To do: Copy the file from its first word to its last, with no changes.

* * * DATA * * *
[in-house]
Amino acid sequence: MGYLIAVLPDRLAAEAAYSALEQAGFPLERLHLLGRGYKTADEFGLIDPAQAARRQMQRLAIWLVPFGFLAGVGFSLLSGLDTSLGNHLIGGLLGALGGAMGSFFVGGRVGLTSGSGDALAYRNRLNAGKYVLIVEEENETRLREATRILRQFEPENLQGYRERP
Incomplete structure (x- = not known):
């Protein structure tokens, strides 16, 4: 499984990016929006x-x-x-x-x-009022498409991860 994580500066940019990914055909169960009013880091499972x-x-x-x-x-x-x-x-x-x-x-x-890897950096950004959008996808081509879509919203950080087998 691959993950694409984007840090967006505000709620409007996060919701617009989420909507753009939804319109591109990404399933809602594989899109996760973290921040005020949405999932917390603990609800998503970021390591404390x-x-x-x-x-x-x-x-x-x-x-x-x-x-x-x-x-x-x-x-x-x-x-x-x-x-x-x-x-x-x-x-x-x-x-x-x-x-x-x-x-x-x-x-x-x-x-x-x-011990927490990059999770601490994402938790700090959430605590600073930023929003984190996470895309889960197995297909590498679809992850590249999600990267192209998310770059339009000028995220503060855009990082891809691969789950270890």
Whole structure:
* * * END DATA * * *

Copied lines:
[in-house]
Amino acid sequence: MGYLIAVLPDRLAAEAAYSALEQAGFPLERLHLLGRGYKTADEFGLIDPAQAARRQMQRLAIWLVPFGFLAGVGFSLLSGLDTSLGNHLIGGLLGALGGAMGSFFVGGRVGLTSGSGDALAYRNRLNAGKYVLIVEEENETRLREATRILRQFEPENLQGYRERP
Incomplete structure (x- = not known):
């Protein structure tokens, strides 16, 4: 499984990016929006x-x-x-x-x-009022498409991860 994580500066940019990914055909169960009013880091499972x-x-x-x-x-x-x-x-x-x-x-x-890897950096950004959008996808081509879509919203950080087998 691959993950694409984007840090967006505000709620409007996060919701617009989420909507753009939804319109591109990404399933809602594989899109996760973290921040005020949405999932917390603990609800998503970021390591404390x-x-x-x-x-x-x-x-x-x-x-x-x-x-x-x-x-x-x-x-x-x-x-x-x-x-x-x-x-x-x-x-x-x-x-x-x-x-x-x-x-x-x-x-x-x-x-x-x-011990927490990059999770601490994402938790700090959430605590600073930023929003984190996470895309889960197995297909590498679809992850590249999600990267192209998310770059339009000028995220503060855009990082891809691969789950270890």
Whole structure: